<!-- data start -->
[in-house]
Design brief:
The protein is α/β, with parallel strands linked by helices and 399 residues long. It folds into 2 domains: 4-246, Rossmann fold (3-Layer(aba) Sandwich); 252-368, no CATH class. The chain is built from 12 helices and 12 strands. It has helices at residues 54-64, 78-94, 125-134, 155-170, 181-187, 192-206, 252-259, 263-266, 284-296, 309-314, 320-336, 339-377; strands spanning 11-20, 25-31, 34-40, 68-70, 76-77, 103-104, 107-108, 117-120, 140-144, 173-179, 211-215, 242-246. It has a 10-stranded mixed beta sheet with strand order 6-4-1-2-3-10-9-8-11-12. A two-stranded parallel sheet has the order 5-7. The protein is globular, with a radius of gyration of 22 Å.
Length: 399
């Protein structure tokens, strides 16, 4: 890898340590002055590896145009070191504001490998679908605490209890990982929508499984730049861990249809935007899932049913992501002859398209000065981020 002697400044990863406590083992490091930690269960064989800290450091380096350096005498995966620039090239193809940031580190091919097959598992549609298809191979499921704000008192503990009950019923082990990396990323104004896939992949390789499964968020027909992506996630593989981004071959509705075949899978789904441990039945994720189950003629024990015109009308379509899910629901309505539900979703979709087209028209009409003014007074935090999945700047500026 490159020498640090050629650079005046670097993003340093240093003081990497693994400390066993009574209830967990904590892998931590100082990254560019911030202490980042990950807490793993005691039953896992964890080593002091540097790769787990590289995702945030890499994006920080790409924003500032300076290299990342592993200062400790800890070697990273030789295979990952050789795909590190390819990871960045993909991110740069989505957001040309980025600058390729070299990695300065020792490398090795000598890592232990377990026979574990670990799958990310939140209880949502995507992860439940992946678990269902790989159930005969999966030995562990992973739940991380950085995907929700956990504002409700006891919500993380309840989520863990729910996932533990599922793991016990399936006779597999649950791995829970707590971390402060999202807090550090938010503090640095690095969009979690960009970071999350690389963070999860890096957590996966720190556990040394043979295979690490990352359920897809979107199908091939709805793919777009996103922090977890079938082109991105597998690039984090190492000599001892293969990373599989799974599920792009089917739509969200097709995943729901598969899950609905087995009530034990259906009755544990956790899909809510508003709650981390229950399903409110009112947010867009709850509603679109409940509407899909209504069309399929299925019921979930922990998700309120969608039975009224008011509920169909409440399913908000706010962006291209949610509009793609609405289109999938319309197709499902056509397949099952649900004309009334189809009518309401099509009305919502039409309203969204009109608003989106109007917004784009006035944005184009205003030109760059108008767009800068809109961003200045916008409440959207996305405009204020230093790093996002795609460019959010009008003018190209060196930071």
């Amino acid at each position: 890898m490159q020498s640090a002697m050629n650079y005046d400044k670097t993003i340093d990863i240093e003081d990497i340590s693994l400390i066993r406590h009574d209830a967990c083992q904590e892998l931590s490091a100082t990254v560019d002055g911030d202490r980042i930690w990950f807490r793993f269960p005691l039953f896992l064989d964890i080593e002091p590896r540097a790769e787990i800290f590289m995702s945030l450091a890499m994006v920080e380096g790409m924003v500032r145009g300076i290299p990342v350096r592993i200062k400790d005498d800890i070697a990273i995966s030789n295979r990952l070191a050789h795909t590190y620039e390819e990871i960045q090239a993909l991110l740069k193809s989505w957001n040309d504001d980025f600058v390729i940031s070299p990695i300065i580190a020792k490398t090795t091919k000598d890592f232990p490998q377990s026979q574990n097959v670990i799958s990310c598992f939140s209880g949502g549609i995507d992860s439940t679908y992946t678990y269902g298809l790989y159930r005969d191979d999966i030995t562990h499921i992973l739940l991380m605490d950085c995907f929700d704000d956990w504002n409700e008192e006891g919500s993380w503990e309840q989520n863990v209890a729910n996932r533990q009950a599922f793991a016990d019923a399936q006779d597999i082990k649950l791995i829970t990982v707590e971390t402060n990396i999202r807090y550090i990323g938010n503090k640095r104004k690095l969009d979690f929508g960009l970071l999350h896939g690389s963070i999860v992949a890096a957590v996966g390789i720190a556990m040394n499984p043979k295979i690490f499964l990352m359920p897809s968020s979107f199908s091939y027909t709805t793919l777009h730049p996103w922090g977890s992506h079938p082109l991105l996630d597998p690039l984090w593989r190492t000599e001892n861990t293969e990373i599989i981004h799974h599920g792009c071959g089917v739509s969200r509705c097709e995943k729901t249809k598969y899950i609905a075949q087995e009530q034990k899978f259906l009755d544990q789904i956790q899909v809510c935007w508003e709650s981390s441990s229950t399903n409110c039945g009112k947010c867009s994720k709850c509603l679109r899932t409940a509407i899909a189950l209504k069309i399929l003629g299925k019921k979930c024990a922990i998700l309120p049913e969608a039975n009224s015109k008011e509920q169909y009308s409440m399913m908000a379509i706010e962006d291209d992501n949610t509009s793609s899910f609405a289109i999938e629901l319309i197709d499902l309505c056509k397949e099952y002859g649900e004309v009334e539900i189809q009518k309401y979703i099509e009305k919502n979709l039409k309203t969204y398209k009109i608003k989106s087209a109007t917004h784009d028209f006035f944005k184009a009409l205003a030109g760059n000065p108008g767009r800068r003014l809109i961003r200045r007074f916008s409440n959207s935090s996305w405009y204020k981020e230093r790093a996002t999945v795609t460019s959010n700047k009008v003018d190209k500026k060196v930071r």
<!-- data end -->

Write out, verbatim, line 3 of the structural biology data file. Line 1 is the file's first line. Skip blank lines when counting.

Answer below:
The protein is α/β, with parallel strands linked by helices and 399 residues long. It folds into 2 domains: 4-246, Rossmann fold (3-Layer(aba) Sandwich); 252-368, no CATH class. The chain is built from 12 helices and 12 strands. It has helices at residues 54-64, 78-94, 125-134, 155-170, 181-187, 192-206, 252-259, 263-266, 284-296, 309-314, 320-336, 339-377; strands spanning 11-20, 25-31, 34-40, 68-70, 76-77, 103-104, 107-108, 117-120, 140-144, 173-179, 211-215, 242-246. It has a 10-stranded mixed beta sheet with strand order 6-4-1-2-3-10-9-8-11-12. A two-stranded parallel sheet has the order 5-7. The protein is globular, with a radius of gyration of 22 Å.